Lieutenant Galloway is a crew member aboard the USS Enterprise. Galloway is on duty in 2267 during the Keeper of Eternity mission. He and another security officer first search the ship for the mentally disturbed Leonard McCoy, who is wandering through the corridors after a cordrazine injection. The two discover transporter technician Kyle knocked out by McCoy. While Galloway reports, his colleague takes care of Kyle.
The two security officers are assigned to the landing party consisting of Captain Kirk, Commander Spock, Chief Engineer Scott and communications officer Uhura a short time later. They beam to the Planet of the Keepers of Eternity and continue to search for McCoy there. But even they can’t prevent McCoy from jumping into the past through the keeper.
Ensign Renlay Sharr is a member of Starfleet in the 24th Century. In 2371 she was stranded with the USS Voyager in the Delta Quadrant. In 2375 she was photographed by the Doctor with his holocamera because the ship’s doctor now uses his camera for his annual examination. During a routine check-up, the doctor soon discovers that her memory files have been manipulated by Captain Kathryn Janeway. He then confronts them.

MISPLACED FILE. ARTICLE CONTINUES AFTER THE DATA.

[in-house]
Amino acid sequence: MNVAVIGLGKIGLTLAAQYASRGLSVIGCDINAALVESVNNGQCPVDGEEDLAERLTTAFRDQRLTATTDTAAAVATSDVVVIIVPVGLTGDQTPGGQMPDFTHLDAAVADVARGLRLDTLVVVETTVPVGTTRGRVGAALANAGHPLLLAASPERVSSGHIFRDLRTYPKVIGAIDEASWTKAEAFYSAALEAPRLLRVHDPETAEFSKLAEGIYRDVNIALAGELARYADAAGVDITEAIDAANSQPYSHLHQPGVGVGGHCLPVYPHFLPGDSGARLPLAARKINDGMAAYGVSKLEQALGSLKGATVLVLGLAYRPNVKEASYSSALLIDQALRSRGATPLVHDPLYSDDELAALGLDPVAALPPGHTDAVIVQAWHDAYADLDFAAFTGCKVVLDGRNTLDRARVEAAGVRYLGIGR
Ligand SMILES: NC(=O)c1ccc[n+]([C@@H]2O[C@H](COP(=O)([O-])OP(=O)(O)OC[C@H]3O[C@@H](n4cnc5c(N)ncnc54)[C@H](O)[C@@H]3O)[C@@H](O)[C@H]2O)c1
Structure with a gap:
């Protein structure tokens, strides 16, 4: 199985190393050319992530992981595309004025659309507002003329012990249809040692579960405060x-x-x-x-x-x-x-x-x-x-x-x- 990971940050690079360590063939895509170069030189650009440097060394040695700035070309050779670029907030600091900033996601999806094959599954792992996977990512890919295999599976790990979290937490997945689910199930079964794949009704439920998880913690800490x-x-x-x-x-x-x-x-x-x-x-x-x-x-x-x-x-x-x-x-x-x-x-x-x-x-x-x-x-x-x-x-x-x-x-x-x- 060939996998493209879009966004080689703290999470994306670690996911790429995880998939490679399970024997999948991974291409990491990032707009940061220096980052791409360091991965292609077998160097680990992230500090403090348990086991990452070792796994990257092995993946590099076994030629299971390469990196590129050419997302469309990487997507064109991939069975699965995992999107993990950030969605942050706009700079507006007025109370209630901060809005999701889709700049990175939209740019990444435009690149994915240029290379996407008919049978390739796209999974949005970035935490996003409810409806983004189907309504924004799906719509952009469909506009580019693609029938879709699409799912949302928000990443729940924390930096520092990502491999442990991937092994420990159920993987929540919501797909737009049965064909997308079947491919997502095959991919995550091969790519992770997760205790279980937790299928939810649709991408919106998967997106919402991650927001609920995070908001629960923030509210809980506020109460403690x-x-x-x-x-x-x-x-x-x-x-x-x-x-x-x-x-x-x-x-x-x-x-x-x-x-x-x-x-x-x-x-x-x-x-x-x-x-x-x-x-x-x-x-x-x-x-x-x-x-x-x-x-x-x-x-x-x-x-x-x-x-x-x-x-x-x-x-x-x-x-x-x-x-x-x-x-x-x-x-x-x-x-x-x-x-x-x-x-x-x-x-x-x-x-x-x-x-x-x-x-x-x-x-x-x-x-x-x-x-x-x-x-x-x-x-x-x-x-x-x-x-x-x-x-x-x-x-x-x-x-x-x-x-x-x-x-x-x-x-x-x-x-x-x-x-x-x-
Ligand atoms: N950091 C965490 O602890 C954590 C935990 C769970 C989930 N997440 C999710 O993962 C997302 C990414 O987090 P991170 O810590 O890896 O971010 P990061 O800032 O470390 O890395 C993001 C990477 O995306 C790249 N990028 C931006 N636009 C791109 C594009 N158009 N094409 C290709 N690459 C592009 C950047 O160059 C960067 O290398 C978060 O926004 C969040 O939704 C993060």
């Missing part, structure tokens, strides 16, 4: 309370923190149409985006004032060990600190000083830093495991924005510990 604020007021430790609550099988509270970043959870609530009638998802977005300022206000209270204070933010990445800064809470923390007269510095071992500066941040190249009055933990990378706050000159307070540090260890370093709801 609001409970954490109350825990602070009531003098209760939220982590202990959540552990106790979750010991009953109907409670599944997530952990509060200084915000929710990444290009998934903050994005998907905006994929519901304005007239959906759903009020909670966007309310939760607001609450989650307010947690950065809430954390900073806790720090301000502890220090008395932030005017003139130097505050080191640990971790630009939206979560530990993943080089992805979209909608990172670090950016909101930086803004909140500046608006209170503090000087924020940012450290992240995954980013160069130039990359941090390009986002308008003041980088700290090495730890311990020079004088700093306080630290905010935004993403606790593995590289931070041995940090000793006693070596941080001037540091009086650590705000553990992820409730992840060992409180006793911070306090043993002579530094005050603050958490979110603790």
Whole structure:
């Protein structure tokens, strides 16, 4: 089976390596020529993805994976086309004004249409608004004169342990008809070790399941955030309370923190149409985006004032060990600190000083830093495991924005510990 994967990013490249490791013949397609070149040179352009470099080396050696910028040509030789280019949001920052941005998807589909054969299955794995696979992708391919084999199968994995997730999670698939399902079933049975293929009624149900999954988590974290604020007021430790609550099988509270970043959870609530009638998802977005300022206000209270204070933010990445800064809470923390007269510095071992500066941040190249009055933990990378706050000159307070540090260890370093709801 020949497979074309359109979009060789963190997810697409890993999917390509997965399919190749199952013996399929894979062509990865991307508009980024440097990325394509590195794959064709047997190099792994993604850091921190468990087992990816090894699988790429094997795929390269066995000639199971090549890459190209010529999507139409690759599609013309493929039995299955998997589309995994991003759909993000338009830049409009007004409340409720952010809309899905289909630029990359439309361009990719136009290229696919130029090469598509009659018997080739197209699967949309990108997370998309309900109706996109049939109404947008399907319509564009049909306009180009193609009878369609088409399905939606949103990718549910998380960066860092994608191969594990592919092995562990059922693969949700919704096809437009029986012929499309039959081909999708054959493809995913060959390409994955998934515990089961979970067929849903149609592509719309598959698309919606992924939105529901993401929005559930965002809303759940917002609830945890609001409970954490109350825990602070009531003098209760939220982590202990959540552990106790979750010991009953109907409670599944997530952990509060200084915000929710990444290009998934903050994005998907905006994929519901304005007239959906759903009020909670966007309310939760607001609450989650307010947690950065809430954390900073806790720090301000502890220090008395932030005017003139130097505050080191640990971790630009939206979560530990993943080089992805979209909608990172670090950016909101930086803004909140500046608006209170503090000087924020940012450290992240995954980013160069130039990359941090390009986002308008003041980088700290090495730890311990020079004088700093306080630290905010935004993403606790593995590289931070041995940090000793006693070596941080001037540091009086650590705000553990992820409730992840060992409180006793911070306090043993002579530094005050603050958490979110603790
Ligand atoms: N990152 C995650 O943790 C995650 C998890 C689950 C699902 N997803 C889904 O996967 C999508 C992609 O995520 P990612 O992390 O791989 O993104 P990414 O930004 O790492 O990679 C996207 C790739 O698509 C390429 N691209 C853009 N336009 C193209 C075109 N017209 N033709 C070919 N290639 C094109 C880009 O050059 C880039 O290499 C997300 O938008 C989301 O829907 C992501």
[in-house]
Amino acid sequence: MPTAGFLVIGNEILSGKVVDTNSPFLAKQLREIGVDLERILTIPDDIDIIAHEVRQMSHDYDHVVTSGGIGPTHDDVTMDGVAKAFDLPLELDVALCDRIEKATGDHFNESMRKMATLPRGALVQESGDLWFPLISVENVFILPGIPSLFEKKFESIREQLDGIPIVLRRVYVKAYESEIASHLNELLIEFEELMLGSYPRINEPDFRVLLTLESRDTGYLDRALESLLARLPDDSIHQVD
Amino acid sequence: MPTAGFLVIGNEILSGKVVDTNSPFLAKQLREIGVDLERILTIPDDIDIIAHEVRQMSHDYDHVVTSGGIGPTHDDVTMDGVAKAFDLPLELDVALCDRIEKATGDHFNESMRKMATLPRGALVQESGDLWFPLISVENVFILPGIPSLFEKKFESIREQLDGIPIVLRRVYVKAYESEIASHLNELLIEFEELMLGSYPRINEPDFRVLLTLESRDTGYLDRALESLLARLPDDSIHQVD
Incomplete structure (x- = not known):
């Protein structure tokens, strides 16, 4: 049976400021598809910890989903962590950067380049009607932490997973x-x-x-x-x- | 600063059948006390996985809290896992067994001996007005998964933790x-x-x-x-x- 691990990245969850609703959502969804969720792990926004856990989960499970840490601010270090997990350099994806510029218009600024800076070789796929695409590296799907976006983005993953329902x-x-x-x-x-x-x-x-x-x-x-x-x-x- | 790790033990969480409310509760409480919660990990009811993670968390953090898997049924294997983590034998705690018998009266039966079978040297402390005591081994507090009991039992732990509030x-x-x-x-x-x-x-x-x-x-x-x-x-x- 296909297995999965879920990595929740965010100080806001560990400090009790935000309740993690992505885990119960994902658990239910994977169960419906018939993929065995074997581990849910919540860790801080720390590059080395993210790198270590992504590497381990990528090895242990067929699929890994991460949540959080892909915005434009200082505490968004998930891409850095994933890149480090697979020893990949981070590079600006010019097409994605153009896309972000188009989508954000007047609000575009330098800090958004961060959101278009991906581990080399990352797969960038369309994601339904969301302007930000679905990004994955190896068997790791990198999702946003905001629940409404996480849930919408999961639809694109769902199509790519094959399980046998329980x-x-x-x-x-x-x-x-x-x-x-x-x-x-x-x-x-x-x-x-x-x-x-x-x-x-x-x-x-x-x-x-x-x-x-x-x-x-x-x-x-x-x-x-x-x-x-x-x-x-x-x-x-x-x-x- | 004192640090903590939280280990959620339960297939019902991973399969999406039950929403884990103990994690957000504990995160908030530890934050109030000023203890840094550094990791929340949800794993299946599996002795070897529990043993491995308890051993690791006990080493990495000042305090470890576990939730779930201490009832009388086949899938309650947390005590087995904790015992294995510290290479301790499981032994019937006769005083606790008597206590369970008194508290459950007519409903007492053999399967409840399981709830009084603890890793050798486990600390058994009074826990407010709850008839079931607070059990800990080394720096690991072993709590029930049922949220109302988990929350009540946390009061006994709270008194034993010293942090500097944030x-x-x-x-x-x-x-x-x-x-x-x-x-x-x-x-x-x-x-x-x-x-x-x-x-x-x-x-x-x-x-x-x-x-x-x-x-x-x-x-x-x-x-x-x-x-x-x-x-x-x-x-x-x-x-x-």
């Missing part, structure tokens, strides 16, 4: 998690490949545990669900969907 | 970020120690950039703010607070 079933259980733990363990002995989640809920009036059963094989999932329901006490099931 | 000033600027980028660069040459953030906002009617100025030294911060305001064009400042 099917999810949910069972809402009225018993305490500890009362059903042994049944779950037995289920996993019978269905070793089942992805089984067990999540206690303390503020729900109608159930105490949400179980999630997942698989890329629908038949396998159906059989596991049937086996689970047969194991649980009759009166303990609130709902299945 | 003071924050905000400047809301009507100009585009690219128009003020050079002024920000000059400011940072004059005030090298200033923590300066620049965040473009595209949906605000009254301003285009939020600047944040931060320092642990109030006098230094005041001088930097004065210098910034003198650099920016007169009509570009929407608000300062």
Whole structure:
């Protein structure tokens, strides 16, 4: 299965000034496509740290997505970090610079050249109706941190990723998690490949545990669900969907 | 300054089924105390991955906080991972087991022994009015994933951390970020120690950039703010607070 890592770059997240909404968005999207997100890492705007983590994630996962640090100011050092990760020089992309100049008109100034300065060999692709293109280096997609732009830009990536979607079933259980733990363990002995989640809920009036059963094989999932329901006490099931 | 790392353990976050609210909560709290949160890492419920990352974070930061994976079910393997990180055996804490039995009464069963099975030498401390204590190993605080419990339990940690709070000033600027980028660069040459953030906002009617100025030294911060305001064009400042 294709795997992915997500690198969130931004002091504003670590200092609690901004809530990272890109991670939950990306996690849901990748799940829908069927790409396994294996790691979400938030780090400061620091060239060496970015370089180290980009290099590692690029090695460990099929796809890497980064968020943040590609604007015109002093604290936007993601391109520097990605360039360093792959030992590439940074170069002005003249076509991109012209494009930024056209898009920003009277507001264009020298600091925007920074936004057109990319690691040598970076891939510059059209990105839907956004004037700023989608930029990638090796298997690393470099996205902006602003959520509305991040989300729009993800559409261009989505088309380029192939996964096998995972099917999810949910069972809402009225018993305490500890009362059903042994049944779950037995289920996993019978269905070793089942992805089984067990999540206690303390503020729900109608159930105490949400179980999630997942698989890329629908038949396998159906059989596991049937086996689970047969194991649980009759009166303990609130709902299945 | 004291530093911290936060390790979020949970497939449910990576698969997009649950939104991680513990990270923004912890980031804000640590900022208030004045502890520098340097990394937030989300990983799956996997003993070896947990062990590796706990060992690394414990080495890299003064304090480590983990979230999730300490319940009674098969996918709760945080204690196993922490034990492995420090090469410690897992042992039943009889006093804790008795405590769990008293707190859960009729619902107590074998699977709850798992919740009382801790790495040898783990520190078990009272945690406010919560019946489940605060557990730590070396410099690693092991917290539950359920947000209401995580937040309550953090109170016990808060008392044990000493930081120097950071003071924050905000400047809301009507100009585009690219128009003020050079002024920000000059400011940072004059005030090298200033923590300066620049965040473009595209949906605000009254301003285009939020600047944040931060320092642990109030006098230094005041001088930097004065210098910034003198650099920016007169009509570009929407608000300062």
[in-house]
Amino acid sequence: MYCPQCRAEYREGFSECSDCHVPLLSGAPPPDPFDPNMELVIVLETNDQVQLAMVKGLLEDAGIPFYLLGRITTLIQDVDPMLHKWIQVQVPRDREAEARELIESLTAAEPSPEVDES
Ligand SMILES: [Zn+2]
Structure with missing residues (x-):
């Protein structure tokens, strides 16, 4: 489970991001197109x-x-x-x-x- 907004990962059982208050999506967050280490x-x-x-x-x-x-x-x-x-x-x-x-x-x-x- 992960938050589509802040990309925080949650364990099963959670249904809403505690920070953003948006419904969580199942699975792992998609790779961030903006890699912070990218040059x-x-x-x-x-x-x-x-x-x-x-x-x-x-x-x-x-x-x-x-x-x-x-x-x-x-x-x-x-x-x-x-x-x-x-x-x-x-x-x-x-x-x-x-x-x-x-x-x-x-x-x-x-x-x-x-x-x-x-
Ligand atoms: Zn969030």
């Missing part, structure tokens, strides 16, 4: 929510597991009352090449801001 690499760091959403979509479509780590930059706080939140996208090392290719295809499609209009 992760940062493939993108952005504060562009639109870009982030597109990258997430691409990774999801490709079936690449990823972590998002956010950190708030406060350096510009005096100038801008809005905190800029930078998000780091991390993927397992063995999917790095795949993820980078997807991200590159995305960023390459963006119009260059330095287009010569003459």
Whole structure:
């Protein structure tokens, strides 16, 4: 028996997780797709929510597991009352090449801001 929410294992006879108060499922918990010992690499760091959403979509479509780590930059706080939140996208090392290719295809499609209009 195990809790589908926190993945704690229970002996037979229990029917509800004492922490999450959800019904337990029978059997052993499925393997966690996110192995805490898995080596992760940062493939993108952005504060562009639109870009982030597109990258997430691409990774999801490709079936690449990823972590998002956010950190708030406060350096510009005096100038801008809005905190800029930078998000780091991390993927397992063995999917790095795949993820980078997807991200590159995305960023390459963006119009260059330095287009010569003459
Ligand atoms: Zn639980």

She, therefore, grants him access to these files and the Doctor sees this crew member attending Ahni Jetal’s memorial service on the bridge in 2373. Later, she was also in the casino when the doctor blamed himself and threw a fruit towards her table. She later steers the ship when the USS Voyager hits a subspace sandbar. At Janeway’s command, she goes to maximum power, but soon has to abandon her attempt to escape.
After the ship is stranded in the Chaos Room, strangers attempt to contact Chakotay telepathically. As a result, he experiences a boxing match. On the bridge, Sharr witnesses Chakotay experiencing the first signs of these visions. In 2376, she speaks to an alien guest as the USS Voyager docks at a Markonian outpost.
She is working alongside Ayala on the bridge when B’Elanna Torres and Captain Kathryn Janeway take a report from Seven of Nine. Later, she walks past Tuvok and Captain Janeway in a hallway. In 2377, she was working at a console in a ship’s corridor when B’Elanna Torres wished her “good morning”. A little later, she is present in the casino and, together with Neelix and other crew members, congratulates Torres on her pregnancy.